Lawsuit calls health system guilty of medical negligence in elderly woman's death – The Union Leader

Union Leader Correspondent

July 10. 2018 8:14PM

Golden View Health Care Center in Meredith. (UNION LEADER FILE)

LACONIA — A lawsuit has been filed in connection with the 2016 death of an elderly woman who authorities say was attacked by another resident at Golden View Nursing Home in Meredith.

The Attorney General’s office ruled the death of Barbara Whittier, 82, as a homicide, saying another elderly resident had tried to strangle her and that she suffered a fatal heart attack as a result.

An autopsy conducted by the state Medical Examiner’s office determined that the manner of Whittier’s death was homicide, and that the cause was hypertensive and coronary heart disease, with a contributing cause of attempted strangulation.

Senior Assistant Attorney General Jeffery Strelzin said following the March 16, 2016, incident that charges would not likely be filed against Donald Sleeper, 87, because he suffers from severe Alzheimer’s dementia.

The administrators of Whittier’s estate have filed a suit in Belknap County Superior Court, making claims for medical negligence and wrongful death. Attorney Matt Lahey of Laconia, who represents the plaintiffs, claims Sleeper was known to have significant mental health issues when he came to Golden View in the fall of 2015.

The plaintiffs are co-executors of the estate Medric Whittier Sr., and Antoine Whittier, both of Laconia, and Donna Garnett of New Hampton.

The suit claims the nursing home had a duty to screen potential residents to ensure those who posed a danger to others were not admitted. It claims the home also had a duty to train staff in resident safety, teaching them about the characteristics of dementia, how to identify residents who pose a danger, and how to recognize psychiatric and cognitive disorder symptoms of residents.

Golden View, doing business as MetroHealth Foundation Inc., the suit alleged, also had a duty to train staff on how to assess and re-assess residents and monitor their behavior, to relocate or remove residents determined to be dangerous and to provide adequate security to protect residents from each other.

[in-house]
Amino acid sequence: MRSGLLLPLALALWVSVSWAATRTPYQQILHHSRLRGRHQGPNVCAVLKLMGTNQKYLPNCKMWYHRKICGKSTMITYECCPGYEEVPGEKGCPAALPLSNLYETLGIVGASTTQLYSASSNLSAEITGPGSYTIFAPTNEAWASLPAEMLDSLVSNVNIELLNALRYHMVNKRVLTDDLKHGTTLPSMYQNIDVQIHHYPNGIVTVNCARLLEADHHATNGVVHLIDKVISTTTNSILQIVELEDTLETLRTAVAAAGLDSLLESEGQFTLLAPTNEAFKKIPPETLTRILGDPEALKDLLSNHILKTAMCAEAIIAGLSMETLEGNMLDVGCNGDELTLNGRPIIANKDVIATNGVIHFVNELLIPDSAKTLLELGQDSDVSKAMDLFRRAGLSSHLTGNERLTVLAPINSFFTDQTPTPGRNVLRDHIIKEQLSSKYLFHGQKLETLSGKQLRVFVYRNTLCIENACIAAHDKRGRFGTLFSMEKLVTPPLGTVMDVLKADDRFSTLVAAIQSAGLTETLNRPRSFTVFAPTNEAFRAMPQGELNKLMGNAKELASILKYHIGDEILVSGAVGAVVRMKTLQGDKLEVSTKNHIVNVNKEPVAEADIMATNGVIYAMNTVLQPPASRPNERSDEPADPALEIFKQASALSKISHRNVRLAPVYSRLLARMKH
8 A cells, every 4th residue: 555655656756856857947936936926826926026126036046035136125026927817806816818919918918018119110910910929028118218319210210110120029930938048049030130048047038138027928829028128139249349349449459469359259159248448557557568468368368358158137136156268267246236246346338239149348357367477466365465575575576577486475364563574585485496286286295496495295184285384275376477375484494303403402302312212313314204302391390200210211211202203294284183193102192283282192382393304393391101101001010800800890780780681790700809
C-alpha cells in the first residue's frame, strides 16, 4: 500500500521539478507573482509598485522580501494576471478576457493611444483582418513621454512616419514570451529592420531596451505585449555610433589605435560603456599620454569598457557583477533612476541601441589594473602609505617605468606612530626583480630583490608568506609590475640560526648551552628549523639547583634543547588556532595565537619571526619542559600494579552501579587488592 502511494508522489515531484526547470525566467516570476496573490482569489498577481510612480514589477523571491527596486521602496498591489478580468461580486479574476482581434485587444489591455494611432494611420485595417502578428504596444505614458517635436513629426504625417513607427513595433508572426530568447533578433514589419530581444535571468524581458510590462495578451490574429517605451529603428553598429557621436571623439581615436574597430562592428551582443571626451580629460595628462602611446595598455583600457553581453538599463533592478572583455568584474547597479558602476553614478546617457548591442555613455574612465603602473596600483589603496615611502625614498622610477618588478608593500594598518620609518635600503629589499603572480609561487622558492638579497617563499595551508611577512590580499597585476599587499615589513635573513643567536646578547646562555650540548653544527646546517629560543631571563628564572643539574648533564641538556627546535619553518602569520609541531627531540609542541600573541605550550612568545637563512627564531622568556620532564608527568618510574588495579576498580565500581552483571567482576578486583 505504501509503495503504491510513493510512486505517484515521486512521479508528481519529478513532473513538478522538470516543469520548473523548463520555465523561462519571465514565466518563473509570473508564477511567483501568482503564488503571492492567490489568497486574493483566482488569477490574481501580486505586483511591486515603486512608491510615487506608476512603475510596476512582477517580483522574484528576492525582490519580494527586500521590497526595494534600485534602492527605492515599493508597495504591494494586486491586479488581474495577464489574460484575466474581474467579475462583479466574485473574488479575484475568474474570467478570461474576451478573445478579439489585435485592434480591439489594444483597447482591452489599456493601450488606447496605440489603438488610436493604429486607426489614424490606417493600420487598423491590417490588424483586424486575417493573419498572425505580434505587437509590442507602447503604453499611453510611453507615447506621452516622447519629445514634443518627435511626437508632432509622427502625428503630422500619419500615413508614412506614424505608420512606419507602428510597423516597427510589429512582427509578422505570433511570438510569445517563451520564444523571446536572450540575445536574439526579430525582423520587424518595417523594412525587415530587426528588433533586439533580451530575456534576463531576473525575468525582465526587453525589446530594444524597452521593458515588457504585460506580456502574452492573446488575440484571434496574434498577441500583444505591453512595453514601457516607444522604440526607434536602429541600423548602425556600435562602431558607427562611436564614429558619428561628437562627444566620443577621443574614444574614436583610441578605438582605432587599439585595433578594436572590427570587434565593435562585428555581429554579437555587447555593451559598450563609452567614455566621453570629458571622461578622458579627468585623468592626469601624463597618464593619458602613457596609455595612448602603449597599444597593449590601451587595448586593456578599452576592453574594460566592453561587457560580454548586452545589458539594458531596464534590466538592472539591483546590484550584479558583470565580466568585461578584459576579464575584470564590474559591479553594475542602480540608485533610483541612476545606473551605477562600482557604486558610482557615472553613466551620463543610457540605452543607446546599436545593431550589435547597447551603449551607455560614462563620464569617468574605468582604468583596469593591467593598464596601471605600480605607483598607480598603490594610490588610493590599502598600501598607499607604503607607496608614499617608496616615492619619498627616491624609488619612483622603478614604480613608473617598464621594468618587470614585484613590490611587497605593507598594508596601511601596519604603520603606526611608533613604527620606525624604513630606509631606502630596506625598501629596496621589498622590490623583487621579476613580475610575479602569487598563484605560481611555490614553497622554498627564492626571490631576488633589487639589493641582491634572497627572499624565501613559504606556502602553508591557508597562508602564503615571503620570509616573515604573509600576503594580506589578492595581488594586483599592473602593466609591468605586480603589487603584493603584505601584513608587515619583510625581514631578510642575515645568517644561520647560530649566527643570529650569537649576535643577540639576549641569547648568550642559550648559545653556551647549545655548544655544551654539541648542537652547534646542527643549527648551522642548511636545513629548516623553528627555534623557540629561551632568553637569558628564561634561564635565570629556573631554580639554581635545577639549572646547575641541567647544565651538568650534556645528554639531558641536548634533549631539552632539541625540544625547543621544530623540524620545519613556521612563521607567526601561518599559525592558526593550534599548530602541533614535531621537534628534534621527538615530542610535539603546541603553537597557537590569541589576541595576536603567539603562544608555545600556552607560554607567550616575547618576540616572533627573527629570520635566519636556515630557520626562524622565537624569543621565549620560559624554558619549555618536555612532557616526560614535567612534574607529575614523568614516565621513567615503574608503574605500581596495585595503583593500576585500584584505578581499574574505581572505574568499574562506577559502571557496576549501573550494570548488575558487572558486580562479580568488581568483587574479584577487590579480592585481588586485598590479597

The suit claims Sleeper allegedly demonstrated intimidating, assaultive and stalking behavior toward staff and other residents before he assaulted Whittier after he wandered into her room.

Lahey asserts that the home breached the standard of care by admitting Sleeper; by failing to train staff to recognize his symptoms; by failing to assess and monitor his condition; and by failing to relocate Sleeper to a more secure area of the facility or remove him from the home altogether, once his tendencies became known.

As a result of the home’s failure to provide sufficient security to protect Whittier from Sleeper, the suit asserts that the victim suffered mental and physical pain, conscious suffering, fear, terror, apprehension of death, death and loss of enjoyment of life.

Golden View has filed notice that it intends to seek apportionment of liability to Sleeper who has not been named as a party to the suit. Although discovery is continuing, Attorney Mark Shaughnessy of Manchester, who represents the home, wrote that he believes the evidence will show that Sleeper is legally responsible for the victim’s death.

The defendant denies all allegations of negligence and that it should have known that Sleeper posed a danger to other residents. Sleeper is now a patient at Concord Hospital according to the defendant.

The case is now scheduled to go to trial in January and is expected to last five days to a week.


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